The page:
Nobuto Takeuchi and Paulien Hogeweg
Evolutionary dynamics of RNA-like replicator systems: A bioinformatic approach to the origin of life
Physics of Life Reviews,12 June 2012
Fishkis presents a model of coevolution of short peptides (P) and short oligonucleotides (N) at an early stage of chemical evolution leading to the origin of life. The model describes polymerization of both P and N types of molecules on mineral surfaces in aqueous solution at moderate temperatures. It is assumed that amino acid and nucleotide monomers were available in a prebiotic milieu, that periodic variation in environmental conditions between dry/warm and wet/cool took place and that energy sources were available for the polymerization. An artificial chemistry approach in combination with agent-based modeling was used to explore chemical evolution from an initially random mixture of monomers. It was assumed that the oligonucleotides could serve as templates for self-replication and for translation of peptide compositional sequences, and that certain peptides could serve as weak catalysts. The result of the simulation was the emergence of self-replicating molecular systems consisting of peptide catalysts and oligonucleotide templates.
Emergence of Self-Reproduction in Cooperative Chemical Evolution of Prebiological Molecules
Origins of Life and Evolution of Biospheres. Volume 41, Number 3 (2011), 261-275.
What happen to evolving biosystems when all phenotypes perform approximately equally well? Weak selection is an important limiting case in evolutionary biology and it occurs when a phenotype is slightly advantageous over another. Traulsen and co-workers investigate the influence of weak selection on the stochastic dynamics in finite populations both unstructured and structured populations.
Wu B, Altrock PM, Wang L, Traulsen A.
Universality of weak selection.
Phys Rev E Stat Nonlin Soft Matter Phys. 2010 Oct;82
My professor Pierluigi Luisi used to say: “Why this and not that?”  when speaking about proteins. The underlining question was about the emergence and fixation of protein sequences in extant organisms. There might be some 10^14 different protein sequences in the biosphere today, yet this apparently huge number represents only an infinitesimal fraction of all theoretically possible proteins. Just to give an example, there are some 10^65 theoretically different proteins 50 amino acids long. The number of extant proteins represents a “grain of sand in the Sahara”  when compare to the number of possible ones.
Do extant proteins have any particular features that make them eligible for selection? Or are they the sheer outcome of chance? Are extant proteins the exquisite result of natural selection or are they random sequences slightly edited by evolution?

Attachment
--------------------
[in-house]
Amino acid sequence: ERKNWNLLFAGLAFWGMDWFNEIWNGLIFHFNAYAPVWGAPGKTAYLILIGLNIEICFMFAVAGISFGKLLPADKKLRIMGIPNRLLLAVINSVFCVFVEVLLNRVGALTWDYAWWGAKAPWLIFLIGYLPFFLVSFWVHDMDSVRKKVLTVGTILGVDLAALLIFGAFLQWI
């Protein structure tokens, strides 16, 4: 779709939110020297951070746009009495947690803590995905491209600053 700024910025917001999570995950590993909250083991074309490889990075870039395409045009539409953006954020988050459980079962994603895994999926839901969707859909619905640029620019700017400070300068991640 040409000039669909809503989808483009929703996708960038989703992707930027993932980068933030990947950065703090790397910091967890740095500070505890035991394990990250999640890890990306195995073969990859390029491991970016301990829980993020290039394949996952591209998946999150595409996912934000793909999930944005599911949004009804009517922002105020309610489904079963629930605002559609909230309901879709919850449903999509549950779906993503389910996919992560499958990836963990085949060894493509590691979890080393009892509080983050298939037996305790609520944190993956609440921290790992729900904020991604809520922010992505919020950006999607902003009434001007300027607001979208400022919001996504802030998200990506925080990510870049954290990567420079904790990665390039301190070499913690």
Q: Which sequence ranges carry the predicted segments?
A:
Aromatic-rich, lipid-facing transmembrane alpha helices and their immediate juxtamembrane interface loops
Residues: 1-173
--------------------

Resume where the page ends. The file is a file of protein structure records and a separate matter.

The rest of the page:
In our latest work , we address this question by comparing a set of 762 natural proteins with an average length of 70 amino acids and an equal number of completely random ones of comparable length on the basis of their structural features. Our results suggest that random proteins are significantly different from extant ones, yet they display inherent conformational order which derives from chemico-physical constrains rather than from natural selection. This intrinsic order represents a “free-ticket” to start the adaptation process to specific functions and environments.
1. Pier Luigi Luisi The Emergence of Life. From Chemical Origins to Synthetic Biology. Cambridge University Press. 2006
2. De Lucrezia D, Slanzi D, Poli I, Polticelli F, Minervini G. Do Natural Proteins Differ from Random Sequences Polypeptides? Natural vs. Random Proteins Classification Using an evolutionary Neural Network. PLoS ONE, 2012. 7(5)
Evolution is a tricky game between exploration and fixation, we said. True, if you do not need to win the evolutionary arms race against your opponent (predator/parasite).
Yomo and Kashiwagi report about the phenotypic and genomic changes in experimental coevolution of RNA bacteriophage Qβ and Escherichia coli. They observed how the phenotypes and genotypes of coevolving parasite-host pairs change through the arms race. Copropagation experiments with Escherichia coli and the lytic RNA bacteriophage Qβ in a spatially unstructured environment revealed continuous adaptation and counter-adaptation: “E. coli first adapted by developing partial resistance to infection and later increasing specific growth rate. The phage counter-adapted by improving release efficiency with a change in host specificity and decrease in virulence. Whole-genome analysis indicated that the phage accumulated 7.5 mutations, mainly in the A2 gene, 3.4-fold faster than in Qβ propagated alone. E. coli showed fixation of two mutations (in traQ and csdA) faster than in sole E. coli experimental evolution.”
Kashiwagi A, Yomo T.
Ongoing phenotypic and genomic changes in experimental coevolution of RNA bacteriophage Qβ and Escherichia coli.
PLoS Genet. 2011 Aug;7(8):e1002188. Epub 2011 Aug 4.